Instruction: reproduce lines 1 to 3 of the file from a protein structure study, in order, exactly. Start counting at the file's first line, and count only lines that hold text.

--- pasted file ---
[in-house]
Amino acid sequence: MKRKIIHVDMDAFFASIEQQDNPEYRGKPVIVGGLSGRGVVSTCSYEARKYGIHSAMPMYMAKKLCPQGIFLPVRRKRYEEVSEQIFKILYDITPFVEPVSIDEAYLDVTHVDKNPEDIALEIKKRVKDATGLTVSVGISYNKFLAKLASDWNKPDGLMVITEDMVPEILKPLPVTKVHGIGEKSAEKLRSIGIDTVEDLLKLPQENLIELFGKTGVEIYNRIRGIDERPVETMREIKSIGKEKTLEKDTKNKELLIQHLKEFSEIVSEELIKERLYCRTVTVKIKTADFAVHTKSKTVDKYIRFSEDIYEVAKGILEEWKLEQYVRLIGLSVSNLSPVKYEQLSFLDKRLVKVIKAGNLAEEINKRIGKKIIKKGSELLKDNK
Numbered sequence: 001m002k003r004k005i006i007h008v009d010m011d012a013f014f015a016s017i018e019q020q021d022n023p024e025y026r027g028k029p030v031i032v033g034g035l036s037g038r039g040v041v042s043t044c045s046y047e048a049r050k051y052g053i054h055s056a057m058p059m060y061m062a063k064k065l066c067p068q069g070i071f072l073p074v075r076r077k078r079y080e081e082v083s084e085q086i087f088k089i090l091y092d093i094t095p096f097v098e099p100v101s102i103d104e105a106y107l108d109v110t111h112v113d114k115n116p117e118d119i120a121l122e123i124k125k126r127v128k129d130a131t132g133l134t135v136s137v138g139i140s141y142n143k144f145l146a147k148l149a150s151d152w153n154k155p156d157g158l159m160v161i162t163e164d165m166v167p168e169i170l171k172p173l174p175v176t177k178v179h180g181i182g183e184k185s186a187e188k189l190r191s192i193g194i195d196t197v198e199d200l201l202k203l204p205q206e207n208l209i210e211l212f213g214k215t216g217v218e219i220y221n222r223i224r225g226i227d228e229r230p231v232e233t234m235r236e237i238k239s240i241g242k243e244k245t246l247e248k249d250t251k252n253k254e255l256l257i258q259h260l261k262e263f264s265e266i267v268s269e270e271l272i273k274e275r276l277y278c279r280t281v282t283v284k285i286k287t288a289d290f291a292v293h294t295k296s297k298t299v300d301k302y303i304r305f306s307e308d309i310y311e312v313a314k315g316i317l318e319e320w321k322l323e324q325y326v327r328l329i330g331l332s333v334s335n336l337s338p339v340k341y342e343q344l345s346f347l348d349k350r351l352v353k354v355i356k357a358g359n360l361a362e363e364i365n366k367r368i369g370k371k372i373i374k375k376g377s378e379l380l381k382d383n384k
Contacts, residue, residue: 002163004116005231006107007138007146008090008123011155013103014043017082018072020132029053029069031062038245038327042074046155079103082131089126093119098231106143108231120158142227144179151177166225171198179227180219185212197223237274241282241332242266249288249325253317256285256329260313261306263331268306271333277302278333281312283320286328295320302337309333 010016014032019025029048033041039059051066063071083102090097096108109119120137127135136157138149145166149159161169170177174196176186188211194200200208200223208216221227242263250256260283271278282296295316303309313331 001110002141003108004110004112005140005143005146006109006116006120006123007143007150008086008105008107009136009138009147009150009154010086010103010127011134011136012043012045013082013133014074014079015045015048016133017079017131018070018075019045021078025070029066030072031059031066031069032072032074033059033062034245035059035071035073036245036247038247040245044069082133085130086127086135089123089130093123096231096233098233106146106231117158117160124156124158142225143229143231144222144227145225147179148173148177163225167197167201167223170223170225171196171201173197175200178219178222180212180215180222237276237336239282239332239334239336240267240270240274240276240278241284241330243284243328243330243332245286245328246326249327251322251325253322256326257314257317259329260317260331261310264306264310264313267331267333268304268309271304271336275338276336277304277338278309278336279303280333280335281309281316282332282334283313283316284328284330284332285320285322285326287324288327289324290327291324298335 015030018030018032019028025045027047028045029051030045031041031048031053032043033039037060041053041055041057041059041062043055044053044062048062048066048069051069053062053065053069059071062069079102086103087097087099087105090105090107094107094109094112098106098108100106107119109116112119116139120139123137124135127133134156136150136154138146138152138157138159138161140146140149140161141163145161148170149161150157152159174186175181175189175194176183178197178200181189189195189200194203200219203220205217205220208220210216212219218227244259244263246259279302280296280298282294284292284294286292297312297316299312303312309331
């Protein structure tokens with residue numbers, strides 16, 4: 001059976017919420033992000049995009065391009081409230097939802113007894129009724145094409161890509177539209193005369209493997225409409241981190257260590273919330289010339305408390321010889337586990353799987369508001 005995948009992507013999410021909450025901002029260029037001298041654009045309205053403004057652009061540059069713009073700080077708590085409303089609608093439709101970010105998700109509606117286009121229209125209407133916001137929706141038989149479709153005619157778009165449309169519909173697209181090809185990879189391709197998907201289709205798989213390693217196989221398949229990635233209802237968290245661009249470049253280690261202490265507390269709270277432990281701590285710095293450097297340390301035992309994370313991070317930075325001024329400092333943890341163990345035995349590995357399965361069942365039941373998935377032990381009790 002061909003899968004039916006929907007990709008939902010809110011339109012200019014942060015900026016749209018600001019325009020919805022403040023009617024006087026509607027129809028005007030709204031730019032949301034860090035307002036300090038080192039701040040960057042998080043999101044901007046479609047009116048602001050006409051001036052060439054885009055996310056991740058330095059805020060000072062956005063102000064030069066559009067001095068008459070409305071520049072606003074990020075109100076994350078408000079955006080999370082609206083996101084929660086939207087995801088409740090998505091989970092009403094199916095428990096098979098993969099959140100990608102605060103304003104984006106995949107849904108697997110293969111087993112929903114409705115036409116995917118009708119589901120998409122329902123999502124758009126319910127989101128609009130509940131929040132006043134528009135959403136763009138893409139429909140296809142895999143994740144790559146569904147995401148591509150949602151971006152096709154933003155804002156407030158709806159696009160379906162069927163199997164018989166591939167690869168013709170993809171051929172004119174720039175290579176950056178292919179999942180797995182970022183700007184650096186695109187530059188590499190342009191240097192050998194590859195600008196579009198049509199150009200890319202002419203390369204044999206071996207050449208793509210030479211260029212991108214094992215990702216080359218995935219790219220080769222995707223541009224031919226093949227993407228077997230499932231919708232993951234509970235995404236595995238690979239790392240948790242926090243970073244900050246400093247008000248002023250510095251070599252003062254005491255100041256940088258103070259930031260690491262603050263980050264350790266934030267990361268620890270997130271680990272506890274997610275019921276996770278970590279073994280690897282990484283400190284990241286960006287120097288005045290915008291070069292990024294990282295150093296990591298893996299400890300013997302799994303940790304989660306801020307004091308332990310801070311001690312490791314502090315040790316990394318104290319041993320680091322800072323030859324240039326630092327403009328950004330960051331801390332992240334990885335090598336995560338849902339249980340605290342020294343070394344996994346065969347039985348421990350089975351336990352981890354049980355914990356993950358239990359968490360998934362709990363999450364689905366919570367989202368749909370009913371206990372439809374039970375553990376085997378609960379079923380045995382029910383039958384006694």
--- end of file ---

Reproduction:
[in-house]
Amino acid sequence: MKRKIIHVDMDAFFASIEQQDNPEYRGKPVIVGGLSGRGVVSTCSYEARKYGIHSAMPMYMAKKLCPQGIFLPVRRKRYEEVSEQIFKILYDITPFVEPVSIDEAYLDVTHVDKNPEDIALEIKKRVKDATGLTVSVGISYNKFLAKLASDWNKPDGLMVITEDMVPEILKPLPVTKVHGIGEKSAEKLRSIGIDTVEDLLKLPQENLIELFGKTGVEIYNRIRGIDERPVETMREIKSIGKEKTLEKDTKNKELLIQHLKEFSEIVSEELIKERLYCRTVTVKIKTADFAVHTKSKTVDKYIRFSEDIYEVAKGILEEWKLEQYVRLIGLSVSNLSPVKYEQLSFLDKRLVKVIKAGNLAEEINKRIGKKIIKKGSELLKDNK
Numbered sequence: 001m002k003r004k005i006i007h008v009d010m011d012a013f014f015a016s017i018e019q020q021d022n023p024e025y026r027g028k029p030v031i032v033g034g035l036s037g038r039g040v041v042s043t044c045s046y047e048a049r050k051y052g053i054h055s056a057m058p059m060y061m062a063k064k065l066c067p068q069g070i071f072l073p074v075r076r077k078r079y080e081e082v083s084e085q086i087f088k089i090l091y092d093i094t095p096f097v098e099p100v101s102i103d104e105a106y107l108d109v110t111h112v113d114k115n116p117e118d119i120a121l122e123i124k125k126r127v128k129d130a131t132g133l134t135v136s137v138g139i140s141y142n143k144f145l146a147k148l149a150s151d152w153n154k155p156d157g158l159m160v161i162t163e164d165m166v167p168e169i170l171k172p173l174p175v176t177k178v179h180g181i182g183e184k185s186a187e188k189l190r191s192i193g194i195d196t197v198e199d200l201l202k203l204p205q206e207n208l209i210e211l212f213g214k215t216g217v218e219i220y221n222r223i224r225g226i227d228e229r230p231v232e233t234m235r236e237i238k239s240i241g242k243e244k245t246l247e248k249d250t251k252n253k254e255l256l257i258q259h260l261k262e263f264s265e266i267v268s269e270e271l272i273k274e275r276l277y278c279r280t281v282t283v284k285i286k287t288a289d290f291a292v293h294t295k296s297k298t299v300d301k302y303i304r305f306s307e308d309i310y311e312v313a314k315g316i317l318e319e320w321k322l323e324q325y326v327r328l329i330g331l332s333v334s335n336l337s338p339v340k341y342e343q344l345s346f347l348d349k350r351l352v353k354v355i356k357a358g359n360l361a362e363e364i365n366k367r368i369g370k371k372i373i374k375k376g377s378e379l380l381k382d383n384k